I recently chatted with a dear friend from college about humility. Wonderful guy. We don’t agree on everything, but one thing I enjoy about him is his humility.
It made me think of some of the people I’ve known who were, um, not exactly humble. It also made me think of some celebrities who also aren’t humble. We can probably imagine.
There’s nothing wrong with being self-confident or having self-respect, but when those traits aren’t kept in check and are allowed to develop cultures that fester into ego and arrogance, that’s when it gets bad.
I tell my kids that being humble allows you to be able to relax and see things objectively instead of becoming overconfident, condescending and being unable–as the saying goes–to see the forest for the trees.
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A big left-hander who pitched in the Major Leagues from 1897, 1898-1910, he was 193-143 lifetime. One has to wonder what his lifetime wins-against-losses record would’ve been if he’d been a more dependable player, not given to alcoholism or to what would be considered Attention Deficit Hyperactivity Disorder today.
Rube Waddell during his playing days.
His career earned run average of 2.16 and his 2,316 career strikeouts (six times, he led the league in strikeouts as a pitcher) are both astonishing, considering he pitched in the Deadball Era, when batters focused more on making contact with the ball and getting on base rather than trying to hit tape-measure home runs.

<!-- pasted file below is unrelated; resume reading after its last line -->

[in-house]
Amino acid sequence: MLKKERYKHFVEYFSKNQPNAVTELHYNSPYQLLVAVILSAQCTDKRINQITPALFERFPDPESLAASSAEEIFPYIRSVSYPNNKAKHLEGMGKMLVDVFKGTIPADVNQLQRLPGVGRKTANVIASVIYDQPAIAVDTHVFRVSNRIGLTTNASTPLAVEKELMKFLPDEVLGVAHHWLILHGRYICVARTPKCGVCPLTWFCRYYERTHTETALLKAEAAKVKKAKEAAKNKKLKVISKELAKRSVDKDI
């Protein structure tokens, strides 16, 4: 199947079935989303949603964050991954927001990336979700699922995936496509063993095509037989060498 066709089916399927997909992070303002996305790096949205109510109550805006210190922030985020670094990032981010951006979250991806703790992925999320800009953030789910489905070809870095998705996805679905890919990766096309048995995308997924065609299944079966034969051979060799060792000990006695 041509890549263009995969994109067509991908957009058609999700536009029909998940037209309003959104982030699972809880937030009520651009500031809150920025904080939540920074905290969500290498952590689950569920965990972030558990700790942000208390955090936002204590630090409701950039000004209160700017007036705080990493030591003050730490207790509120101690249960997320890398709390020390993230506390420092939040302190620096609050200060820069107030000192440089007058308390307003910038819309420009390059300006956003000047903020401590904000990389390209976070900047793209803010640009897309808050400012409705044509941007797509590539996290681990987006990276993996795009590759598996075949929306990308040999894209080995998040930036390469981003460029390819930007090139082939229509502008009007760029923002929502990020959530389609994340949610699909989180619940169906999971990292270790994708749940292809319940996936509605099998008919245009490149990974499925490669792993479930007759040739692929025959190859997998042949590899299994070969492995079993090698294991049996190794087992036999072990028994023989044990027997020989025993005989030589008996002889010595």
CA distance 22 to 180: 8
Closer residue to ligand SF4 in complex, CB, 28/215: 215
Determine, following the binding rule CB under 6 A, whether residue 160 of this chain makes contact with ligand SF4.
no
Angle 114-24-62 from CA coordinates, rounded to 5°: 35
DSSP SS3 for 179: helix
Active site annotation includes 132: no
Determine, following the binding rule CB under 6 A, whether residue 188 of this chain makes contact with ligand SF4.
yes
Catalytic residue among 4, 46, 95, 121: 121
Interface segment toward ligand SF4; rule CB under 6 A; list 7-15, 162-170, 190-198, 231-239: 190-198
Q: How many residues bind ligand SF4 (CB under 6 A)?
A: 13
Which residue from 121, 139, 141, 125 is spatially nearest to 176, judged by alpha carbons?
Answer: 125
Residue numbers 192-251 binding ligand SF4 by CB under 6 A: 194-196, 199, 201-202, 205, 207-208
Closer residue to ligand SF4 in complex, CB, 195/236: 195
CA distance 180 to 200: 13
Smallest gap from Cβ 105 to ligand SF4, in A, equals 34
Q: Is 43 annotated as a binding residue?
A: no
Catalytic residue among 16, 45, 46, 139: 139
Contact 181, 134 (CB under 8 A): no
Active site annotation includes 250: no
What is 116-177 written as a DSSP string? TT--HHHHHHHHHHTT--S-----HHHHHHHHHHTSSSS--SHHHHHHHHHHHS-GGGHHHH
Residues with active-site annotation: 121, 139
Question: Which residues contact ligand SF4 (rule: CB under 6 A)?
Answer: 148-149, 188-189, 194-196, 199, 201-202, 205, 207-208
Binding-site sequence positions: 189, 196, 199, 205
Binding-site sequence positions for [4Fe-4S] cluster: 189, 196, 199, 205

The true irony of George Edward “Rube” Waddell was that he had little control over his personal behavior or his spending habits, but had excellent control of his fastballs and curveballs. Baseball managers, such as Connie Mack of the Philadelphia Athletics, tolerated Rube because, when he was on, he was close to unhittable. Unfortunately, he was also high maintenance: he’d often show up late or not at all for scheduled starts, would leave a game abruptly to follow fire engines and was easily distracted by opponents.
And, on March 16, I got to meet him.
That day my sons and I went to Mission Burial Park South to visit the final resting place of Rube Waddell. He died in a sanitarium on April 1, 1914 at 37 of complications from pneumonia. Having no money, it’s been said Waddell would’ve been buried in a pauper’s grave if not for the generosity of Mack.
A few weeks from now on April 1, 2014, it will mark the 100th anniversary of Waddell’s passing. His tombstone is an impressive large, vertical slab, about six feet tall. There is what appears to be a stone ball protruding out of the top. As I looked at the slab, weathered by time, I wondered how many people know this is the final resting place for a man who, for the first decade of the 20th century, was considered one of the top draws in Major League Baseball.
“Nice to meet you, Mr. Waddell,” I said. “I’m sorry your life ended so soon. I read about your life and it sounds like you were very fun to watch play. I don’t know what your spiritual beliefs were, but I’d love to see you in heaven someday.”
Next time I visit, I think I’ll print out a picture of Waddell, laminate it and leave it there along with a baseball.
Richard Zowie’s favorite baseball team is the Houston Astros, Like Waddell, he is also left-handed. Post comments here or e-mail them to email@example.com.